You feel like grabbing a bite somewhere, but you aren’t in the mood for a fussy affair at a restaurant. You want a decent selection of food because you’re not even sure what you’re in the mood to eat. We’ve got two out-of-the-box ideas for you: the grocery store and the food truck park.
Groceraunts, which offer a legit, sit-down meal, are one of the hottest trends in dining. And mobile cuisine, while perhaps less a craze than a few years ago, is still trucking along — and yours for the taking at Atlanta’s only food truck park. Here’s our latest take on “shelf-to-table” dining and gourmet mobile grub.
Watch the game. Sip on a pint of local beer. Maybe nosh on wings, a chicken sandwich or a wrap. Sounds like something you might do at Taco Mac. Yeah, well, now you can do it at Kroger.
Grocery stores are seeing big promise for in-store dining. From 2008 to 2016, in-store dining and takeout prepared foods from grocers grew nearly 30 percent and accounted for $10 billion of consumer spending in 2015 alone, according to a report last year from market research company NPD. Besides offering upscale foodservice, these supermarkets are creating a pretty comfortable setting to hang out even if you aren’t pushing a cart up and down the aisles.
The Kro-BAR at Glenwood Place drew quite the crowd when it debuted last year. It even has its own Facebook page. Oh, the possibilities of this as a pickup joint! “So, where’d you two meet?” “Kro-BAR.”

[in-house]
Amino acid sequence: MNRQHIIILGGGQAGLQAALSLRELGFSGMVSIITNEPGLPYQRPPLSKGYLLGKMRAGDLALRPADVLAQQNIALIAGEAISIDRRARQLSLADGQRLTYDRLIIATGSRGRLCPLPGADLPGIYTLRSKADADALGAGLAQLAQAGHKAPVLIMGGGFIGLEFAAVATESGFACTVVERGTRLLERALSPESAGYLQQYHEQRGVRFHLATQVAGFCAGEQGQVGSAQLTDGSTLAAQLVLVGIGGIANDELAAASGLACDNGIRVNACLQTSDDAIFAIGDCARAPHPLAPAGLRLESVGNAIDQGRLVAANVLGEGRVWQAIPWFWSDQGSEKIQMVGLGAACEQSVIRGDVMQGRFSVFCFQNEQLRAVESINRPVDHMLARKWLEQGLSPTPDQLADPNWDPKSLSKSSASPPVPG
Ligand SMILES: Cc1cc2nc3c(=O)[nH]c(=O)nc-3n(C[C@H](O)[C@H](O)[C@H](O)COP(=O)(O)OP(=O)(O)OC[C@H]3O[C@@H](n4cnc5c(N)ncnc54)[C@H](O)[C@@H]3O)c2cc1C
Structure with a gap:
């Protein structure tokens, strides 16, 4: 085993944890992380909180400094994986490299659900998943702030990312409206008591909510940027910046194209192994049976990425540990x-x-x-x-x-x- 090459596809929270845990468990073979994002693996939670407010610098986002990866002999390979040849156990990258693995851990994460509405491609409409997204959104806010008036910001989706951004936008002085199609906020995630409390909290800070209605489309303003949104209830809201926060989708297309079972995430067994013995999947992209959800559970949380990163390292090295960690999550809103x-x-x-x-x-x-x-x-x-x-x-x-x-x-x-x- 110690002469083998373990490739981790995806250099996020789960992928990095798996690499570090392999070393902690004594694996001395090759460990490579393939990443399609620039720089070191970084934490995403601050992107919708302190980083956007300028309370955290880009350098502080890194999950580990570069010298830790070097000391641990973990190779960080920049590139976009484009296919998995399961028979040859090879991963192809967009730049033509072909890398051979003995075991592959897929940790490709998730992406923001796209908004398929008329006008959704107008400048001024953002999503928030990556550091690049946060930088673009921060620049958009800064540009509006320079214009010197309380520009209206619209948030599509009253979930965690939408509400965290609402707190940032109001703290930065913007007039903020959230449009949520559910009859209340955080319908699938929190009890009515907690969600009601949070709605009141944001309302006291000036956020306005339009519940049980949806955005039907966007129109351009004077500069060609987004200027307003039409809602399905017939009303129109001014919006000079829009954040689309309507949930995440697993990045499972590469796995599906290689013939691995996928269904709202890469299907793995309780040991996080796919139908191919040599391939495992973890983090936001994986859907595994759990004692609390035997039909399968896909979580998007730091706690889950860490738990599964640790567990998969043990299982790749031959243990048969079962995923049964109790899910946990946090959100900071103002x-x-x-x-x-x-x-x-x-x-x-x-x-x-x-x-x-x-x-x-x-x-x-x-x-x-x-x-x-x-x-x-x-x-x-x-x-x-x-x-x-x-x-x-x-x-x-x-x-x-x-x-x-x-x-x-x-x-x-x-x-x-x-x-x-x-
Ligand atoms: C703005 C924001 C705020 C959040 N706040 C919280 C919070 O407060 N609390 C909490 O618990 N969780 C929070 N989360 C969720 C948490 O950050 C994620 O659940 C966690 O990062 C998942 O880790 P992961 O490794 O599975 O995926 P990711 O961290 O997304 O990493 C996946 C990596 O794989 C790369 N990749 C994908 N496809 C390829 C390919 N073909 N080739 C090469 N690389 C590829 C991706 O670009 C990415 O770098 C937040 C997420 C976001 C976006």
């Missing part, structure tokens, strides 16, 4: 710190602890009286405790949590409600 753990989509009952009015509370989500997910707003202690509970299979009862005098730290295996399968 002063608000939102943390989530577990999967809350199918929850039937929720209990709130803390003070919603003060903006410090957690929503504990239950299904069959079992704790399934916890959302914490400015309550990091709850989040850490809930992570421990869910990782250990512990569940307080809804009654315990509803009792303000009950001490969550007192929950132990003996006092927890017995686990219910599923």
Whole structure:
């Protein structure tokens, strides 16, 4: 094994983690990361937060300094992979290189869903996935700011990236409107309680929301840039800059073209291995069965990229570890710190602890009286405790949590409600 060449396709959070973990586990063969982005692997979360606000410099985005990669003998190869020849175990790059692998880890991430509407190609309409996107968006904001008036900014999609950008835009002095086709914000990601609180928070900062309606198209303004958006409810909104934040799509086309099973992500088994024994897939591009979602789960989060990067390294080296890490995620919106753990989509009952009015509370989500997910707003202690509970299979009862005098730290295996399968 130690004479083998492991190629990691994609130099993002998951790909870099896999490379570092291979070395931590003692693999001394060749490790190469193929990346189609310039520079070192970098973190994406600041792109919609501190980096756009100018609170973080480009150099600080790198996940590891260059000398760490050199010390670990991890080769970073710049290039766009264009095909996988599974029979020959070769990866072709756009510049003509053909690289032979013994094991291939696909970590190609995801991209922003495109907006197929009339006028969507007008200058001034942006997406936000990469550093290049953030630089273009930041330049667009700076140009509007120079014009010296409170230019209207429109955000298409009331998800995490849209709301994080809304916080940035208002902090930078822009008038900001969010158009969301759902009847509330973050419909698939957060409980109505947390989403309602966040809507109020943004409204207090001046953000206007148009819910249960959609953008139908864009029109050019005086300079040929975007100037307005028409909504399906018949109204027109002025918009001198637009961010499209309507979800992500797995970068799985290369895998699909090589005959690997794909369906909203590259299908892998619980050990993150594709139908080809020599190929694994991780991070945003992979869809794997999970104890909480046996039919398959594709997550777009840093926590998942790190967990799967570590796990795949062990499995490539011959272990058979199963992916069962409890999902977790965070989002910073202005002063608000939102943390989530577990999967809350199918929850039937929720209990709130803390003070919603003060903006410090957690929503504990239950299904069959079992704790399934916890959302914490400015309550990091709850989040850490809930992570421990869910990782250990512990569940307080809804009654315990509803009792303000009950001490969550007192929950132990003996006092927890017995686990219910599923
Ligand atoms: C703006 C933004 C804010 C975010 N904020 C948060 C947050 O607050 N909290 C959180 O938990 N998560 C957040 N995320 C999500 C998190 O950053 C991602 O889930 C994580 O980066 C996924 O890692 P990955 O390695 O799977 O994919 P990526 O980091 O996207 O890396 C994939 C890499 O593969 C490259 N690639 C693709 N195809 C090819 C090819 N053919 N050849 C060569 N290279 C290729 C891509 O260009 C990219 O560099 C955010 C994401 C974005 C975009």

Next up came the Kroger at 2452 Morosgo Way off Piedmont Road near Ground Zero (aka the I-85 bridge collapse). For more than a year, a friend who lives nearby watched red clay fly to make way for the nearly 85,000-square-foot store. Now she’s gone from hell to heaven, as this (still needing a nickname) Kroger has become her stop for pretty much all things food.
This Kroger is big and bright with natural outside light and holds a deli, cheese shop, juice bar, salad bar, stations offering sandwiches with Boar’s Head meats, pizza, burritos, barbecue, wraps, bowls, sushi and more, plus a dining room complete with a beer and wine bar. Oh, and let’s not forget the Starbucks. In short, it’s not your average Aldi.
As a groceraunt, Kroger is not fine dining, but there’s a lot to like about what it brings to the aisle-to-table conversation.
Clean eaters and calorie watchers might gravitate toward the build-your-own grain bowls, also available as wraps. Priced at $7, with proteins of chicken and salmon for a few bucks more, the bowls offer generous portions of deluxe rabbit food.
There’s the convenience factor. When you hit up the food court section, it’s just a matter of ordering, taking your item to the self-checkout kiosks (where an attendant is available to assist) and paying.
And let’s not forget the alcohol. Kroger offers a dozen beers on tap, mainly local and available as a pint or, if you just need a quick guzzle, in a 4.5-ounce serving. Nearly 20 wines are available by the glass, as half and full pours.
Of course, taste matters. A personal-size smoked barbecue pizza suffered from a soft, chewy crust. A burrito stuffed with steak, brown rice, black beans, roasted corn, sour cream and queso was hardly mind-blowing. But they did taste fresh. And they did satisfy. A 16-ounce plastic cup of fresh juice was berry-licious, if overpriced at $6. (If you complain about the cost of frou-frou coffee, detour around this juice-smoothie-parfait counter.)